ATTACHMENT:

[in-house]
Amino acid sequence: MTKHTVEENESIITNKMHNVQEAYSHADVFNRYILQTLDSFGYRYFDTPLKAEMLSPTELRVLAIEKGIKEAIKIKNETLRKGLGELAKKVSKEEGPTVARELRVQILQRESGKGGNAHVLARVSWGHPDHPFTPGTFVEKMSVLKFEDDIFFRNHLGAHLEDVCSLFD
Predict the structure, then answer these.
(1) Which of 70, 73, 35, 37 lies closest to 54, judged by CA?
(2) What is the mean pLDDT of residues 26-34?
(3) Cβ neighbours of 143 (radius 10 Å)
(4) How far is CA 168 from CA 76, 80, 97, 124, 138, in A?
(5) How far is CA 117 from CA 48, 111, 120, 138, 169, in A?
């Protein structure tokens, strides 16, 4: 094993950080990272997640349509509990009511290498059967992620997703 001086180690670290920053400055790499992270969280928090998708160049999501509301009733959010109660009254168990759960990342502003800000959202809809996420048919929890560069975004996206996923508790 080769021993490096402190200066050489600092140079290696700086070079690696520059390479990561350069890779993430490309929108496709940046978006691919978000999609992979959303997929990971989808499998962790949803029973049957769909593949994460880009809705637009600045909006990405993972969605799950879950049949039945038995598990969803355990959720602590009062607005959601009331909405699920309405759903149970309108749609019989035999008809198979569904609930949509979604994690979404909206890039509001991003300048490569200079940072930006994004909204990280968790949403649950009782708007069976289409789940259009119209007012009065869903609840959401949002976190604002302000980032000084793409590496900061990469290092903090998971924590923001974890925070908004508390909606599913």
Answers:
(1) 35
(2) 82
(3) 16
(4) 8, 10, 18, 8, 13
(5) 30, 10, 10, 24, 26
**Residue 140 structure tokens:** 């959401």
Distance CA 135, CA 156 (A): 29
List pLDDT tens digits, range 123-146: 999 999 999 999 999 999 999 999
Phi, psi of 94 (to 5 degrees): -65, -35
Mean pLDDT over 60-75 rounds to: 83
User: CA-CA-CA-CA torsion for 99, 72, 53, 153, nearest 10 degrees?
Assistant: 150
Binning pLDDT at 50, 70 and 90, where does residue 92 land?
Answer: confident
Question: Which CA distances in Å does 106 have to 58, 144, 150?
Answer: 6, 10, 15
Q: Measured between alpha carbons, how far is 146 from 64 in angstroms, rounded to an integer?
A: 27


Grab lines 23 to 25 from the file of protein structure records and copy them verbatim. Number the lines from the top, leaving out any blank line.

Binning pLDDT at 50, 70 and 90, where does residue 92 land?
Answer: confident
Question: Which CA distances in Å does 106 have to 58, 144, 150?